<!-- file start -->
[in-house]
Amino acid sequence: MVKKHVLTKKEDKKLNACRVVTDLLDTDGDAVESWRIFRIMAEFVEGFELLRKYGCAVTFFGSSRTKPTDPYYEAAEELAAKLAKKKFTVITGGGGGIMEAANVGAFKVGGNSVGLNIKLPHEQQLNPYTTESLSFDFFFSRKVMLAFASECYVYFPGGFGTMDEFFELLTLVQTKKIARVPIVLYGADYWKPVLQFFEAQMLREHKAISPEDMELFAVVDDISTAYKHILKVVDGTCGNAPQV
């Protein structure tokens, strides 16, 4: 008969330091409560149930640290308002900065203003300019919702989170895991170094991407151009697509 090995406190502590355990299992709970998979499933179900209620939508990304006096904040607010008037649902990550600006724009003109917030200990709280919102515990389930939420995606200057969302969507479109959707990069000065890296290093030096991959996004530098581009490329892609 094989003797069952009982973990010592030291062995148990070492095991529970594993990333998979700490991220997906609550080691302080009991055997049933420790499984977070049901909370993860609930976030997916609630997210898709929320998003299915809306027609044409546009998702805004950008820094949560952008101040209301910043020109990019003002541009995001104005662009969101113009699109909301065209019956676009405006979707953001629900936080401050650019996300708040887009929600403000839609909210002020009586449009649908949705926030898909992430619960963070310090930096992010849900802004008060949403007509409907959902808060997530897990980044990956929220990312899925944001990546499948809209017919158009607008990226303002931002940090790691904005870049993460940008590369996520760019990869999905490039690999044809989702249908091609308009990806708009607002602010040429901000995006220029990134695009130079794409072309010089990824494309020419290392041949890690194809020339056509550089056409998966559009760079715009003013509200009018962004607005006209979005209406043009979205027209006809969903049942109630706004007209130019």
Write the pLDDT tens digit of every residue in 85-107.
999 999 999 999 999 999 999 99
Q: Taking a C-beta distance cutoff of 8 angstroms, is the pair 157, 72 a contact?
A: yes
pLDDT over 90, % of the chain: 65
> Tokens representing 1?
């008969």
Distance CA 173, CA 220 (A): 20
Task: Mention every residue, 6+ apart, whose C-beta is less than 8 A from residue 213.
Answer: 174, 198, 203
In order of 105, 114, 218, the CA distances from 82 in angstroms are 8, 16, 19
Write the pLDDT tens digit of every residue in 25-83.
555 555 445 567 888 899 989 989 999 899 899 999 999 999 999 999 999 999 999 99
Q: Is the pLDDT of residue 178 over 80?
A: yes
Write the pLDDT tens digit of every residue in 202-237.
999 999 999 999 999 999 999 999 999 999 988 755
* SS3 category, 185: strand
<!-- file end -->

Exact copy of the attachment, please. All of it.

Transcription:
[in-house]
Amino acid sequence: MVKKHVLTKKEDKKLNACRVVTDLLDTDGDAVESWRIFRIMAEFVEGFELLRKYGCAVTFFGSSRTKPTDPYYEAAEELAAKLAKKKFTVITGGGGGIMEAANVGAFKVGGNSVGLNIKLPHEQQLNPYTTESLSFDFFFSRKVMLAFASECYVYFPGGFGTMDEFFELLTLVQTKKIARVPIVLYGADYWKPVLQFFEAQMLREHKAISPEDMELFAVVDDISTAYKHILKVVDGTCGNAPQV
């Protein structure tokens, strides 16, 4: 008969330091409560149930640290308002900065203003300019919702989170895991170094991407151009697509 090995406190502590355990299992709970998979499933179900209620939508990304006096904040607010008037649902990550600006724009003109917030200990709280919102515990389930939420995606200057969302969507479109959707990069000065890296290093030096991959996004530098581009490329892609 094989003797069952009982973990010592030291062995148990070492095991529970594993990333998979700490991220997906609550080691302080009991055997049933420790499984977070049901909370993860609930976030997916609630997210898709929320998003299915809306027609044409546009998702805004950008820094949560952008101040209301910043020109990019003002541009995001104005662009969101113009699109909301065209019956676009405006979707953001629900936080401050650019996300708040887009929600403000839609909210002020009586449009649908949705926030898909992430619960963070310090930096992010849900802004008060949403007509409907959902808060997530897990980044990956929220990312899925944001990546499948809209017919158009607008990226303002931002940090790691904005870049993460940008590369996520760019990869999905490039690999044809989702249908091609308009990806708009607002602010040429901000995006220029990134695009130079794409072309010089990824494309020419290392041949890690194809020339056509550089056409998966559009760079715009003013509200009018962004607005006209979005209406043009979205027209006809969903049942109630706004007209130019």
Write the pLDDT tens digit of every residue in 85-107.
999 999 999 999 999 999 999 99
Q: Taking a C-beta distance cutoff of 8 angstroms, is the pair 157, 72 a contact?
A: yes
pLDDT over 90, % of the chain: 65
> Tokens representing 1?
């008969």
Distance CA 173, CA 220 (A): 20
Task: Mention every residue, 6+ apart, whose C-beta is less than 8 A from residue 213.
Answer: 174, 198, 203
In order of 105, 114, 218, the CA distances from 82 in angstroms are 8, 16, 19
Write the pLDDT tens digit of every residue in 25-83.
555 555 445 567 888 899 989 989 999 899 899 999 999 999 999 999 999 999 999 99
Q: Is the pLDDT of residue 178 over 80?
A: yes
Write the pLDDT tens digit of every residue in 202-237.
999 999 999 999 999 999 999 999 999 999 988 755
* SS3 category, 185: strand